Approach. We undertook a Rapid Response Review on the link between climate change and fire risk. 57 scientific articles were gathered and evaluated using ScienceBrief. This document synthesises the key points that emerged from the published findings. Our review focuses on papers published since the Fifth Assessment Report of the Intergovernmental Panel on Climate Change (IPCC), with its cutoff date of March 2013. The papers can be viewed on https://sciencebrief.org/topics/climate-change-science/wildfires. All papers show linkages between climate change and increased frequency or severity of fire weather, though some note anomalies in isolated regions. None of the papers support a widespread decrease in fire risk.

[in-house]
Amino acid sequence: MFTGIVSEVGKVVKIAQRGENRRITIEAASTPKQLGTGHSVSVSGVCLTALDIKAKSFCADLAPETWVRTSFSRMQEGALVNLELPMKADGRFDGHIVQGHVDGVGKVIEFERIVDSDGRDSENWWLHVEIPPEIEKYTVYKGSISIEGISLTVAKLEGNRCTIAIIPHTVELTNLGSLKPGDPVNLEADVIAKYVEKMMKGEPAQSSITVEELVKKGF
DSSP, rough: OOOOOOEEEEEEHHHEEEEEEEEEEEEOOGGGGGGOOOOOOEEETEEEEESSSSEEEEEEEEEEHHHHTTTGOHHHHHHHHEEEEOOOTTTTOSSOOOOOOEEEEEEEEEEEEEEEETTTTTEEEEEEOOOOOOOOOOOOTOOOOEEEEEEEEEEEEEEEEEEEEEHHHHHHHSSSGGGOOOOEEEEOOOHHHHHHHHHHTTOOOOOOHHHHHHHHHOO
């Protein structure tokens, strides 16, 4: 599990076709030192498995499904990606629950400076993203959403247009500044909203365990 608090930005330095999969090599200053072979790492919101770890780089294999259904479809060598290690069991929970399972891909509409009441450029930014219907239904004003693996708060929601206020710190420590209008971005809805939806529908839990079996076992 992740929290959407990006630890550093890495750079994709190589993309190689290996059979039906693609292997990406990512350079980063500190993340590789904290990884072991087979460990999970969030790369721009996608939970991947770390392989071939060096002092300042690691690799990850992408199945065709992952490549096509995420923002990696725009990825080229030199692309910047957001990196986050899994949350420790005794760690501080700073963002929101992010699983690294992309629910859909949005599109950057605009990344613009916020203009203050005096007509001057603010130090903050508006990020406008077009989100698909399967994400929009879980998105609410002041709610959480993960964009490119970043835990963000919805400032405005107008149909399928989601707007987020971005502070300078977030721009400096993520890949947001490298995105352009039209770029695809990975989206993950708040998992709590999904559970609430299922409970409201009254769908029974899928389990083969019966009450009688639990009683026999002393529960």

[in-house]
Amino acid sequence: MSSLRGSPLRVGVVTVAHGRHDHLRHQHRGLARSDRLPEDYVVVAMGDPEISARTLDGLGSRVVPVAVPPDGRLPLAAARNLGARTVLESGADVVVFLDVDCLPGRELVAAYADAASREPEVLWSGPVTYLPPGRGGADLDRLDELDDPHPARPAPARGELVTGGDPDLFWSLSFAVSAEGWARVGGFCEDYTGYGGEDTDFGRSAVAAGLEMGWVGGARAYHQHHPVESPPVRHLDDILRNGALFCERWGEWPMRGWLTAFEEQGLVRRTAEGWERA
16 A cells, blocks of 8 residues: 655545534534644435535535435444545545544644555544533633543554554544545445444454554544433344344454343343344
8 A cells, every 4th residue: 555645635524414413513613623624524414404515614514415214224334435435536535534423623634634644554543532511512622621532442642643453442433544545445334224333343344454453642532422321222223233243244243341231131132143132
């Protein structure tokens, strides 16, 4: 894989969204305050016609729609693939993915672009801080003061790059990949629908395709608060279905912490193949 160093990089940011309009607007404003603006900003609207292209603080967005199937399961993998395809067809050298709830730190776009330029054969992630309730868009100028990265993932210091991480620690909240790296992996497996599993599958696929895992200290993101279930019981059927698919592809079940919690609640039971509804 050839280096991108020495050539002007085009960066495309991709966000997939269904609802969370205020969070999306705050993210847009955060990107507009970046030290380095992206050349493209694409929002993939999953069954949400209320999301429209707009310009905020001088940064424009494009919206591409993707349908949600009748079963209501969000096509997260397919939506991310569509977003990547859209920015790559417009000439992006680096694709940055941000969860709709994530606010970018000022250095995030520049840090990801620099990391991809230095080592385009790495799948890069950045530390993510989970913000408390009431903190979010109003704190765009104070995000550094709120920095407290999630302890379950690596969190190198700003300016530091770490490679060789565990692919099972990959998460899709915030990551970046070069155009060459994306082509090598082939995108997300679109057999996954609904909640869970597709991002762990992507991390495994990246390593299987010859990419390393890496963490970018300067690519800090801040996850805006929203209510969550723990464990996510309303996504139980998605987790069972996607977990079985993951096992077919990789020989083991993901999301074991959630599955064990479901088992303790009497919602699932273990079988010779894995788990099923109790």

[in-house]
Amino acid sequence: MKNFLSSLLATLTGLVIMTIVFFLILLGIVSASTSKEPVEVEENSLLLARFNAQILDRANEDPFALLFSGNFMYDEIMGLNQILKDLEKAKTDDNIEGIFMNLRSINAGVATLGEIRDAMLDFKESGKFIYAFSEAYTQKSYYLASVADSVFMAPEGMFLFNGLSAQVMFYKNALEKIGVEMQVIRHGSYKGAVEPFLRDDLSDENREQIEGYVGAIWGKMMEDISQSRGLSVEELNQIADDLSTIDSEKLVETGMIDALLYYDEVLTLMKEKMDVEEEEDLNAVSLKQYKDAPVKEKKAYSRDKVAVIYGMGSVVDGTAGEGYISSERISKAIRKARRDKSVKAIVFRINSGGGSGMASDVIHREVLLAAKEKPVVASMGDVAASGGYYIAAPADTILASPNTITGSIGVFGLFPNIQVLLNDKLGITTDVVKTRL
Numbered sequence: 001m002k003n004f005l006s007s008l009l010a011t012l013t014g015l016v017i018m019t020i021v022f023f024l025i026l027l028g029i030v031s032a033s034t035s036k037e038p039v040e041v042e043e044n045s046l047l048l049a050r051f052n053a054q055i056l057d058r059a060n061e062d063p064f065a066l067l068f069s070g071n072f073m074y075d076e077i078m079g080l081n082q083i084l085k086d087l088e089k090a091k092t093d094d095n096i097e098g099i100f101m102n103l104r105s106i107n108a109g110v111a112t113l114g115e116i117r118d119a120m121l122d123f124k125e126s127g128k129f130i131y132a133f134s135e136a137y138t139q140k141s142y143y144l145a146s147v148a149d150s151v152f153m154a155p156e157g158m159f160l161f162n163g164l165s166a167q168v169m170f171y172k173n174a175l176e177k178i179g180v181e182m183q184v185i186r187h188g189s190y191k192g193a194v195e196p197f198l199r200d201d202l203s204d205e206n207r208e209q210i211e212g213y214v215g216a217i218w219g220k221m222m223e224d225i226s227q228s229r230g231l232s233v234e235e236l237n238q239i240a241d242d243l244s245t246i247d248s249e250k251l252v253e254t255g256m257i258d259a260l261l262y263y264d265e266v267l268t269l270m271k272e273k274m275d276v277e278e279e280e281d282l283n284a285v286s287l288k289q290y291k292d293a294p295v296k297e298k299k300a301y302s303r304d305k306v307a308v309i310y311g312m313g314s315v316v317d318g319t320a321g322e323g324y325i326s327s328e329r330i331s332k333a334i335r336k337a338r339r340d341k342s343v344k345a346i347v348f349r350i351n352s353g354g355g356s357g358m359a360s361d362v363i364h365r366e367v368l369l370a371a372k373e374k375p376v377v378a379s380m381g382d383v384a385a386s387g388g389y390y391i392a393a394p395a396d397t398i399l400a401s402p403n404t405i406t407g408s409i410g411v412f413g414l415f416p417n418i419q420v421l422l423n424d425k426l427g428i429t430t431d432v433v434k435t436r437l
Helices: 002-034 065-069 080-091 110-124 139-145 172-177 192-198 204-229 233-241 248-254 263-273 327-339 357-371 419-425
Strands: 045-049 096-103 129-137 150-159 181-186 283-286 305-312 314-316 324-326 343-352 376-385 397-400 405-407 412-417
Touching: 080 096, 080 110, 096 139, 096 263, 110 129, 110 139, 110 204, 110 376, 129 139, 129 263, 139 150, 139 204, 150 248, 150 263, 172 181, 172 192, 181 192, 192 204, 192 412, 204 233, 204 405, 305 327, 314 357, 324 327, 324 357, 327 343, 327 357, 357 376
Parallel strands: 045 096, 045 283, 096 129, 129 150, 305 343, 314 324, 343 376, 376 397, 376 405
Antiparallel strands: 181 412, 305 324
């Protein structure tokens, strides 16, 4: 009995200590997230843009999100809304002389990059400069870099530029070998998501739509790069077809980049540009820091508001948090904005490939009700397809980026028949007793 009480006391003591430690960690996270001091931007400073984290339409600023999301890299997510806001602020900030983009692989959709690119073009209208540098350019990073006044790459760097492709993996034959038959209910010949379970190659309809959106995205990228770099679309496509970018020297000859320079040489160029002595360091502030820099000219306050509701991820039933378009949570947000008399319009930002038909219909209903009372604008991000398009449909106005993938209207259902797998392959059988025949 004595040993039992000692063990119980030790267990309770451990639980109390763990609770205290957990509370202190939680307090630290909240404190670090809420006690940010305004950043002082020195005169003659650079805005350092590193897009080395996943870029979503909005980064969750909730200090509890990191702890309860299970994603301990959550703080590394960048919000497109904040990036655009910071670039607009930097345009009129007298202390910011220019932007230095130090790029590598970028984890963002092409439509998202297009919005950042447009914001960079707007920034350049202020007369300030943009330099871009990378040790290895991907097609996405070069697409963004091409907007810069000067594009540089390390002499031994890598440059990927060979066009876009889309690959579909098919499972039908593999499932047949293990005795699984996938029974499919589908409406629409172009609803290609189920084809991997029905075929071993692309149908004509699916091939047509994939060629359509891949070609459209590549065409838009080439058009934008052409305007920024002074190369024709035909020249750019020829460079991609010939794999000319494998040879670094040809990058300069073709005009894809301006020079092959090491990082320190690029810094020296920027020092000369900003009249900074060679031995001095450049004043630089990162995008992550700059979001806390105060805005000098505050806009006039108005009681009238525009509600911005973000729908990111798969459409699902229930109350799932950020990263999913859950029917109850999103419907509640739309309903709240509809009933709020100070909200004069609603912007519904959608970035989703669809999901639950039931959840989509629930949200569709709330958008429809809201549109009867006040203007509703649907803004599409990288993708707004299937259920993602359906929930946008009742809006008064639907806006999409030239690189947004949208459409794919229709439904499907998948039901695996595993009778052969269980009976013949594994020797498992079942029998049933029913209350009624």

Summary. Human-induced climate change promotes the conditions on which wildfires depend, enhancing their likelihood and challenging suppression efforts. Human-induced warming has already led to a global increase in the frequency and severity of fire weather, increasing the risks of wildfire. This signal has emerged from natural variability in many regions, including the western US and Canada, southern Europe, Scandinavia and Amazonia. Human-induced warming is also increasing fire risks in other regions, including Siberia and Australia. Nonetheless, wildfire activity is determined by a range of other factors includ- ing land management and ignition sources, and on the global-scale most datasets indicate a reduction in burned area in recent years, chiefly due to clearing of natural land for agriculture.